Methylmalonic acidemia (MMA) and propionic acidemia (PA) are inherited, genetic disorders. Both are caused by defects in enzymes that are needed to break down protein. Protein is made up of amino acids, which are important to build muscle and other body tissues for normal growth. Any extra amino acids are normally broken down to produce energy. In MMA and PA, four of the amino acids cannot be broken down but instead produce toxic acids in the body. These amino acids are methionine, isoleucine, threonine and valine, which are called “propiogenic amino acids.”
When someone with MMA or PA either eats too much protein from food, does not get enough calories or becomes ill, blood levels of the propiogenic amino acids increase and so do their toxic byproducts. The toxic acids are methylmalonic acid, which is present in MMA, and propionic acid, which is present in both MMA and PA. Bacteria in the digestive system also produce propionic acid. Both toxic acids can cause serious and life-threatening health problems. The enzyme that is missing or not working properly in MMA it is called methylmalonyl-CoA mutase, and in PA it is called propionyl-CoA carboxylase.
High blood levels of propiogenic amino acids and their related toxic acids can cause many health problems including poor feeding, vomiting, severe weakness (lethargy), seizures and coma. If not treated aggressively, both disorders can be life-threatening. Long term problems can include poor growth, abnormal movements (also called ataxia) and learning problems.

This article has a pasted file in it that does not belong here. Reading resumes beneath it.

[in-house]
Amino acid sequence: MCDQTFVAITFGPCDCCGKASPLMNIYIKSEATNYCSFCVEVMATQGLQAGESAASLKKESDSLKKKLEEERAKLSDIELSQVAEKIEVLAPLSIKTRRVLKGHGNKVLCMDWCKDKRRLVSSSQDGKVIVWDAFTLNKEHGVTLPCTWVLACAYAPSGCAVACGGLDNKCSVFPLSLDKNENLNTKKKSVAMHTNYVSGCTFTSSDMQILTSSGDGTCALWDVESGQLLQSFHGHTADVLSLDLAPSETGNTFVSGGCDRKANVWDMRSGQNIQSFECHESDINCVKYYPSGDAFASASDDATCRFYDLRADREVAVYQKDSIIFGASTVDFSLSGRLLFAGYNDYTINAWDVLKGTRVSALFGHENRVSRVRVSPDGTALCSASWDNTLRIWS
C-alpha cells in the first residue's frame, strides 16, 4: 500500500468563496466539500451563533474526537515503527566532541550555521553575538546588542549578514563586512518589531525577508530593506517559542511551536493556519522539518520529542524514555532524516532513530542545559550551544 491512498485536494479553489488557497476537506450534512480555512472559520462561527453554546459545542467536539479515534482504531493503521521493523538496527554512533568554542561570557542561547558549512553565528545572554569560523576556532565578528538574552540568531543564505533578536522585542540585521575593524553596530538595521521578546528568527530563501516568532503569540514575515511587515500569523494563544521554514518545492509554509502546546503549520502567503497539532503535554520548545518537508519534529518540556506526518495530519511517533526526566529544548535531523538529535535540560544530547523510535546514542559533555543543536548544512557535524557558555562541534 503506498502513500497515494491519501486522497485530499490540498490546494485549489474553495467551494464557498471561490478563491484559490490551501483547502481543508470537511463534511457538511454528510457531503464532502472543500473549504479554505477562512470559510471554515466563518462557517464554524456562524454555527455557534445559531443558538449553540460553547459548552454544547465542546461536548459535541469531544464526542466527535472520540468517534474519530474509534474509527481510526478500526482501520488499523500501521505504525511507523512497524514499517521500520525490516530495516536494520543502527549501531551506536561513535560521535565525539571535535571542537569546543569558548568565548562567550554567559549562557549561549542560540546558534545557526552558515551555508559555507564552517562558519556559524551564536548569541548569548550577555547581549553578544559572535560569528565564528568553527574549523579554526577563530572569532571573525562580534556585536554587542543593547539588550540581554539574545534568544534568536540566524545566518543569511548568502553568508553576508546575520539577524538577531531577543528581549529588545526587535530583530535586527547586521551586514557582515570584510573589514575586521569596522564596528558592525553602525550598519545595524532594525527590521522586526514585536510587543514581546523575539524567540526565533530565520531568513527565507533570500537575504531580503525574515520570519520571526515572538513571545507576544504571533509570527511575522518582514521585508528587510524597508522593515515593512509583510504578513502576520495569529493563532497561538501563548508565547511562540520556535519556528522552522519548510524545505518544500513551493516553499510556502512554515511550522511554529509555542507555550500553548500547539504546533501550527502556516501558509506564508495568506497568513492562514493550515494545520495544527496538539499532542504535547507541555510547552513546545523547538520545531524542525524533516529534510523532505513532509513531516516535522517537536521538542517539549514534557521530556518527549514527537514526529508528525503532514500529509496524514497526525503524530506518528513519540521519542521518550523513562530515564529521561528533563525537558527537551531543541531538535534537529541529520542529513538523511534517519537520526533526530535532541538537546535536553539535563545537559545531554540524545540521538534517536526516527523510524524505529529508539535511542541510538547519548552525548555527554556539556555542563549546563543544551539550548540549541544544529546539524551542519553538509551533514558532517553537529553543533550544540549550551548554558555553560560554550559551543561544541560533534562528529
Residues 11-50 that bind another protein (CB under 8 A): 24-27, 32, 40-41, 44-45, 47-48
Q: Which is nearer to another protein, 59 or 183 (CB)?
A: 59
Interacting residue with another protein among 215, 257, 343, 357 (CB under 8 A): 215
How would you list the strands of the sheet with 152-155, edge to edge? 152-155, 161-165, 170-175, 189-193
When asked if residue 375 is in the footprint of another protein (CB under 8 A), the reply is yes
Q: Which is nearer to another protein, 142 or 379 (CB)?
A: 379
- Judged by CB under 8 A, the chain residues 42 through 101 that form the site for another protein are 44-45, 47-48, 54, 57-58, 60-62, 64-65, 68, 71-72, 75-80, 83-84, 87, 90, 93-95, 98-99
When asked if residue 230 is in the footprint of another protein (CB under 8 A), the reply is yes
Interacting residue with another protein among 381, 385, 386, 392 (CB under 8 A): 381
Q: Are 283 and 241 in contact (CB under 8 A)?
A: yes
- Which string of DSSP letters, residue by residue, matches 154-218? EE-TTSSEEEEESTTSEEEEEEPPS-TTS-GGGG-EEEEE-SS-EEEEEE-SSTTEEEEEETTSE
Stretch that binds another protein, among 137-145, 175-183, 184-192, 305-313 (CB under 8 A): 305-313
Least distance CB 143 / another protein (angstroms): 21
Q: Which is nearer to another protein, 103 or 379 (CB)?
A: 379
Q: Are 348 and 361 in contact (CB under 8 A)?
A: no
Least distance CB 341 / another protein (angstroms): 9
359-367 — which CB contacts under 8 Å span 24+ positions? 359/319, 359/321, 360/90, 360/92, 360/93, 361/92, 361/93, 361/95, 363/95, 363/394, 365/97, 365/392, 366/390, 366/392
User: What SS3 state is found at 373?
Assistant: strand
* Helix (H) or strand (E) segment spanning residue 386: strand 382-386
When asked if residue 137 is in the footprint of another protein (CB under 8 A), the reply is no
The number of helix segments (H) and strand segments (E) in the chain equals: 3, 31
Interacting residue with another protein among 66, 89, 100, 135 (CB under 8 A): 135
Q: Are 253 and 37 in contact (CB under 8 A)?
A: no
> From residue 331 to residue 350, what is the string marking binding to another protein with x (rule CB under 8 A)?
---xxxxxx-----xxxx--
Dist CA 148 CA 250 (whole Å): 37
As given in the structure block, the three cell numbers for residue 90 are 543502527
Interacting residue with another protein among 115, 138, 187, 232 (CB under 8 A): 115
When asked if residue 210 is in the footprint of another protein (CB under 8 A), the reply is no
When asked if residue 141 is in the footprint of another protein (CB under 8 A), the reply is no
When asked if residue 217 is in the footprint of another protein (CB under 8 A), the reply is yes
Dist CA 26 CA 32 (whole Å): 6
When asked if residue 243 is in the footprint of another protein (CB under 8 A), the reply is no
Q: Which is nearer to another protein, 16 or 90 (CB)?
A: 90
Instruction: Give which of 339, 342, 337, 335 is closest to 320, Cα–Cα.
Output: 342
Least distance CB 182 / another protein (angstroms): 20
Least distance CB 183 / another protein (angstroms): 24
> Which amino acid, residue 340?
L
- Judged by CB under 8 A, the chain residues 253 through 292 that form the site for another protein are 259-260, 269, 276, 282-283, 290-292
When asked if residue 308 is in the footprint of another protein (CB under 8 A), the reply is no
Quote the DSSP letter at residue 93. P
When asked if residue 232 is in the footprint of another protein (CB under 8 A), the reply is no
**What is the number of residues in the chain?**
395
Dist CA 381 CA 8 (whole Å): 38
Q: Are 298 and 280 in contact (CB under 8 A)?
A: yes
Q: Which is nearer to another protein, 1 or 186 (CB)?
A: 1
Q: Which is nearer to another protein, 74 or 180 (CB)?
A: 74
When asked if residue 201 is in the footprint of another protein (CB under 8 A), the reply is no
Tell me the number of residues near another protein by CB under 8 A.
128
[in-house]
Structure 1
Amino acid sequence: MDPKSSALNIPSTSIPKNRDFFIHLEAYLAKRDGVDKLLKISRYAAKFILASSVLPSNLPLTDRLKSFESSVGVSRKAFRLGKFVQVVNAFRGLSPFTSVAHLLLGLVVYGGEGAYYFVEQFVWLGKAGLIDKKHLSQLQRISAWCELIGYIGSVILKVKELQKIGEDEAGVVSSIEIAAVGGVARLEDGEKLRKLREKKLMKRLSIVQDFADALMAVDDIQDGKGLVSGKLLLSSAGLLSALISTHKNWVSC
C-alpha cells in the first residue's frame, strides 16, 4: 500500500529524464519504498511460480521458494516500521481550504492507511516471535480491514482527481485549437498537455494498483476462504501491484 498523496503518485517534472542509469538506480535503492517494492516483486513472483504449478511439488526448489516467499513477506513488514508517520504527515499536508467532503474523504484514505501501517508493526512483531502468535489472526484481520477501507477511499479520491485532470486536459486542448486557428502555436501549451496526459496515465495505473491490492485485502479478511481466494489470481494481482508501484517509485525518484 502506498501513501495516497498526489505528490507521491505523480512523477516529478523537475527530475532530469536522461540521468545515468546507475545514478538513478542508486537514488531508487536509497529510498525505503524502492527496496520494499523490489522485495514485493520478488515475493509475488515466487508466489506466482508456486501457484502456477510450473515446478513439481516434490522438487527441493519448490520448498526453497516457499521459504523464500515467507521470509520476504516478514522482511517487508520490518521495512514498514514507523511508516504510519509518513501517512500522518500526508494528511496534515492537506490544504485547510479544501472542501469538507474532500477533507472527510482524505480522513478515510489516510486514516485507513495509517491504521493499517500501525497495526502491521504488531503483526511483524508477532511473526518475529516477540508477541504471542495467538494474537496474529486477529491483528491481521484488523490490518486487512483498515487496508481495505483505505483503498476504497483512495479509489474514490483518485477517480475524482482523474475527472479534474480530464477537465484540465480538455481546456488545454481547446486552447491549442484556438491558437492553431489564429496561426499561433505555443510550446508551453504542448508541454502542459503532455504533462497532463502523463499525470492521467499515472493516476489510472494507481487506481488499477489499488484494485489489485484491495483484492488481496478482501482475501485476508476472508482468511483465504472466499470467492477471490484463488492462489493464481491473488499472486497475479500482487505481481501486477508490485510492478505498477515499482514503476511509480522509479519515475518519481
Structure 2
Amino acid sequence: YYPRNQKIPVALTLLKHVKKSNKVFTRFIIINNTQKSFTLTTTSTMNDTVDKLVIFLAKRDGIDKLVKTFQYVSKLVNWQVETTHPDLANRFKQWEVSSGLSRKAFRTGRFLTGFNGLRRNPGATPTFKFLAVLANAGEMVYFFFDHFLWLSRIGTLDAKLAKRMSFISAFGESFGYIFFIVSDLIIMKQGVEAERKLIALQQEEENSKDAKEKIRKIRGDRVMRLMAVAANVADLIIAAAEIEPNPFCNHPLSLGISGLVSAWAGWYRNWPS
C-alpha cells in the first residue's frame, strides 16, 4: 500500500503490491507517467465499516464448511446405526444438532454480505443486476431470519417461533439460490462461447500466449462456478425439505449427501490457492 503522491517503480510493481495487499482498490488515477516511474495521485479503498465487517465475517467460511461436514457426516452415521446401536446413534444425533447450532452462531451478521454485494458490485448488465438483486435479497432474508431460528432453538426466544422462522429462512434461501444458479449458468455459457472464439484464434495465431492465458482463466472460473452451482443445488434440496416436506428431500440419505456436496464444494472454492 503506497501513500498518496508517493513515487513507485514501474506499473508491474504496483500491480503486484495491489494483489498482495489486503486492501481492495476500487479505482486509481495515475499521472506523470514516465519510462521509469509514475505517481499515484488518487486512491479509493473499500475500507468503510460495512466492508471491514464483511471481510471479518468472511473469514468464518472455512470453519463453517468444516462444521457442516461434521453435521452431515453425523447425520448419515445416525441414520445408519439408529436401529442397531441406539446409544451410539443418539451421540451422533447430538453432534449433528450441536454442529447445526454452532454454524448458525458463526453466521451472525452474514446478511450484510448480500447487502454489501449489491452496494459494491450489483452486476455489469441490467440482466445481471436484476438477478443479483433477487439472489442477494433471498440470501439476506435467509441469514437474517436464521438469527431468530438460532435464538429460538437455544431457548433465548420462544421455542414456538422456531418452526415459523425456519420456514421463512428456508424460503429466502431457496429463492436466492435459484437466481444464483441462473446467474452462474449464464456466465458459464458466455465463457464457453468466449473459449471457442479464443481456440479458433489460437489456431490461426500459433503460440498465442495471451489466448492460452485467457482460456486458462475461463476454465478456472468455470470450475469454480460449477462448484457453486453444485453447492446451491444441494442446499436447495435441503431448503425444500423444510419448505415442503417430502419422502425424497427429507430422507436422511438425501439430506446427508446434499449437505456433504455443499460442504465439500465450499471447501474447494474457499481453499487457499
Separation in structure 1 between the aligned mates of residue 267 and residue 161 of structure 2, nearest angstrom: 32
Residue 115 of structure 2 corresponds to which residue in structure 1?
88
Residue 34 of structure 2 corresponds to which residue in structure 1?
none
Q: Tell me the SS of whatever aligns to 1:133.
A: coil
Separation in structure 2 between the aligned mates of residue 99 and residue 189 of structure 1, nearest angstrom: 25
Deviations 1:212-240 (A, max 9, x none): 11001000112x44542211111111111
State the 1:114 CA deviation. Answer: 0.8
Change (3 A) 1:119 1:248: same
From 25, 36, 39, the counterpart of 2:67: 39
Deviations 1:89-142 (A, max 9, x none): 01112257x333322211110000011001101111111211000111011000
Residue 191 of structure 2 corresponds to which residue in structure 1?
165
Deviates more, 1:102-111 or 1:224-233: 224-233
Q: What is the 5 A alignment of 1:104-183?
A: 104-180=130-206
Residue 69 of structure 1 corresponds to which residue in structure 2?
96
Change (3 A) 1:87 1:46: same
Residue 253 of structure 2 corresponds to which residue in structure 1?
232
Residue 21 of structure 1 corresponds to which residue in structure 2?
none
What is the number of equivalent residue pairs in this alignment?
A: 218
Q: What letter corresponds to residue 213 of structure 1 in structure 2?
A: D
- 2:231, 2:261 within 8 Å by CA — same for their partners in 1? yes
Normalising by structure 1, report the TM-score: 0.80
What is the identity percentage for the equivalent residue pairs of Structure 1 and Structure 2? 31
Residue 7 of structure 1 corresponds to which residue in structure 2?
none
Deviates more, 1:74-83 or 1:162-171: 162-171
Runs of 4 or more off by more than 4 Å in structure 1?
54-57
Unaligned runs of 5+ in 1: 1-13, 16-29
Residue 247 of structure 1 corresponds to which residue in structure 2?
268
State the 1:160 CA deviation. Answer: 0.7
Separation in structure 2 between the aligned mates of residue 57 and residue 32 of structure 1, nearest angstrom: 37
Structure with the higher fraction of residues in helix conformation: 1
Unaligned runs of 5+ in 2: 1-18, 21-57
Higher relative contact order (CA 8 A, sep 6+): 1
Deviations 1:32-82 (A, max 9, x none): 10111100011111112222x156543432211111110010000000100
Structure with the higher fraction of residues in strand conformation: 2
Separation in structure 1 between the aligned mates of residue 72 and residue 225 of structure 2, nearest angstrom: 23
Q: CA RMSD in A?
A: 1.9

Finding out that your child is diagnosed with MMA or PA can be overwhelming. Fortunately, nutrition management is available to help prevent many of these problems. Take comfort in knowing that your metabolic healthcare team can provide you with the best advice to help manage the disorder.
Incidence, Genetics and Newborn Screening
MMA and PA are rare disorders that occur in about 1 in every 80,000 to 100,000 births.
Both MMA or PA are inherited as “recessive disorders." In recessive disorders, both the mother and father are “carriers,” and they do not have any symptoms of the disorder. With each pregnancy there is a 1 in 4 (25%) chance that the infant will be affected. A genetic counselor can help explain the inheritance of the disorder and the risks to future infants.
Both MMA and PA can be screened for at birth through a simple blood test. For details on newborn screening (NBS) in the US, visit https://newbornscreening.hrsa.gov/your-state; for information on NBS in Canada, visit https://www.raredisorders.ca/.
There is no cure for MMA or PA, but they can be managed with a modified diet, medication, and special medical formulas specifically designed for persons with MMA or PA. The modified diet for these disorders is low in propiogenic amino acids. It is important that an individual with MMA or PA continues with management as directed by their healthcare professional.
A medical formula may be an important part of the diet for MMA and PA. The protein source in MMA and PA medical formulas is individual amino acids, but the four propiogenic amino acids are either not included or two of the four are included at small amounts. This allows a person with MMA or PA to get enough protein without the parts of the protein that can be harmful. Medical formulas may also provide calories, vitamins and minerals the body needs for normal growth.